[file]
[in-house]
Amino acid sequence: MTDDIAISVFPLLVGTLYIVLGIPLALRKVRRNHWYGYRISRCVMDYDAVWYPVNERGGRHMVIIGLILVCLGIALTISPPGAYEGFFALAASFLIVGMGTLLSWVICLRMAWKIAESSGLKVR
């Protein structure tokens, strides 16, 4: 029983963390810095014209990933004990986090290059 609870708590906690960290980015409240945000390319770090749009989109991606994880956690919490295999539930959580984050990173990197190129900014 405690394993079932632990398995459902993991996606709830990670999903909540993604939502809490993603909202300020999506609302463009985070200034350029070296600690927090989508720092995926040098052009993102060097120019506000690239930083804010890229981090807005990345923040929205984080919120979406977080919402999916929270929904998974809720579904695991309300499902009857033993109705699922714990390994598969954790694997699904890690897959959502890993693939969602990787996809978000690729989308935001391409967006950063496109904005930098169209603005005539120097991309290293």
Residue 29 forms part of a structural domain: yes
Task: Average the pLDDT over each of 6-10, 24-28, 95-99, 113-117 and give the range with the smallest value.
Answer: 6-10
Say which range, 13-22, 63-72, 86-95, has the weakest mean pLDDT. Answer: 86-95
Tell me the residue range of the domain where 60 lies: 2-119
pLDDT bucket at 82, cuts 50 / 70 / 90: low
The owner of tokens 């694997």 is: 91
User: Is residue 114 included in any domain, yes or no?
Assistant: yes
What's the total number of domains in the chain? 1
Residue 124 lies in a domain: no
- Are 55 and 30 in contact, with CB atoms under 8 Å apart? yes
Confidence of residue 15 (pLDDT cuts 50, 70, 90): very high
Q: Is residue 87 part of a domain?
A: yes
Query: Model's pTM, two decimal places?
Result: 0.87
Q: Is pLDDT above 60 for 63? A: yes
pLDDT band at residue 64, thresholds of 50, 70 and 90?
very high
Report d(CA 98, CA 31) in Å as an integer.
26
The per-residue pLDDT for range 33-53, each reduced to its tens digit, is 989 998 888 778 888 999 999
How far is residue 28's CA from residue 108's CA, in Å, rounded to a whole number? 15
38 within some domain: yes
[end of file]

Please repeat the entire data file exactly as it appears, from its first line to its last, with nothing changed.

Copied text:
[in-house]
Amino acid sequence: MTDDIAISVFPLLVGTLYIVLGIPLALRKVRRNHWYGYRISRCVMDYDAVWYPVNERGGRHMVIIGLILVCLGIALTISPPGAYEGFFALAASFLIVGMGTLLSWVICLRMAWKIAESSGLKVR
């Protein structure tokens, strides 16, 4: 029983963390810095014209990933004990986090290059 609870708590906690960290980015409240945000390319770090749009989109991606994880956690919490295999539930959580984050990173990197190129900014 405690394993079932632990398995459902993991996606709830990670999903909540993604939502809490993603909202300020999506609302463009985070200034350029070296600690927090989508720092995926040098052009993102060097120019506000690239930083804010890229981090807005990345923040929205984080919120979406977080919402999916929270929904998974809720579904695991309300499902009857033993109705699922714990390994598969954790694997699904890690897959959502890993693939969602990787996809978000690729989308935001391409967006950063496109904005930098169209603005005539120097991309290293």
Residue 29 forms part of a structural domain: yes
Task: Average the pLDDT over each of 6-10, 24-28, 95-99, 113-117 and give the range with the smallest value.
Answer: 6-10
Say which range, 13-22, 63-72, 86-95, has the weakest mean pLDDT. Answer: 86-95
Tell me the residue range of the domain where 60 lies: 2-119
pLDDT bucket at 82, cuts 50 / 70 / 90: low
The owner of tokens 């694997």 is: 91
User: Is residue 114 included in any domain, yes or no?
Assistant: yes
What's the total number of domains in the chain? 1
Residue 124 lies in a domain: no
- Are 55 and 30 in contact, with CB atoms under 8 Å apart? yes
Confidence of residue 15 (pLDDT cuts 50, 70, 90): very high
Q: Is residue 87 part of a domain?
A: yes
Query: Model's pTM, two decimal places?
Result: 0.87
Q: Is pLDDT above 60 for 63? A: yes
pLDDT band at residue 64, thresholds of 50, 70 and 90?
very high
Report d(CA 98, CA 31) in Å as an integer.
26
The per-residue pLDDT for range 33-53, each reduced to its tens digit, is 989 998 888 778 888 999 999
How far is residue 28's CA from residue 108's CA, in Å, rounded to a whole number? 15
38 within some domain: yes